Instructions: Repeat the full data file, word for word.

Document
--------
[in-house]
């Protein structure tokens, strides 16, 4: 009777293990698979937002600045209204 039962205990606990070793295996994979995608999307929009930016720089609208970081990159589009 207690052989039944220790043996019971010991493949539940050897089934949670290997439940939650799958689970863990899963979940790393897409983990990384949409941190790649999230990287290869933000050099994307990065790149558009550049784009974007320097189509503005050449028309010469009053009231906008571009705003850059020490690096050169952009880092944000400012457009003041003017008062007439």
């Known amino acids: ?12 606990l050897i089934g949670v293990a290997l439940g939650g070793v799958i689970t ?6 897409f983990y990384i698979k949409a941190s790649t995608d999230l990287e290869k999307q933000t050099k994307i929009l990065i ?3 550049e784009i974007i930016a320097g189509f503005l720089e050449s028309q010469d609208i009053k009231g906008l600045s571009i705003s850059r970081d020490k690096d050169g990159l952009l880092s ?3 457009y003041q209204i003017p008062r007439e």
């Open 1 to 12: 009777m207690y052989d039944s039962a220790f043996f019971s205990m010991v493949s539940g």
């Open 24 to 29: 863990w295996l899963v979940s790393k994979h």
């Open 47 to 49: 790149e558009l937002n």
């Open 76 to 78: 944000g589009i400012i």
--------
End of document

[in-house]
């Protein structure tokens, strides 16, 4: 009777293990698979937002600045209204 039962205990606990070793295996994979995608999307929009930016720089609208970081990159589009 207690052989039944220790043996019971010991493949539940050897089934949670290997439940939650799958689970863990899963979940790393897409983990990384949409941190790649999230990287290869933000050099994307990065790149558009550049784009974007320097189509503005050449028309010469009053009231906008571009705003850059020490690096050169952009880092944000400012457009003041003017008062007439």
């Known amino acids: ?12 606990l050897i089934g949670v293990a290997l439940g939650g070793v799958i689970t ?6 897409f983990y990384i698979k949409a941190s790649t995608d999230l990287e290869k999307q933000t050099k994307i929009l990065i ?3 550049e784009i974007i930016a320097g189509f503005l720089e050449s028309q010469d609208i009053k009231g906008l600045s571009i705003s850059r970081d020490k690096d050169g990159l952009l880092s ?3 457009y003041q209204i003017p008062r007439e």
């Open 1 to 12: 009777m207690y052989d039944s039962a220790f043996f019971s205990m010991v493949s539940g």
């Open 24 to 29: 863990w295996l899963v979940s790393k994979h």
């Open 47 to 49: 790149e558009l937002n």
């Open 76 to 78: 944000g589009i400012i």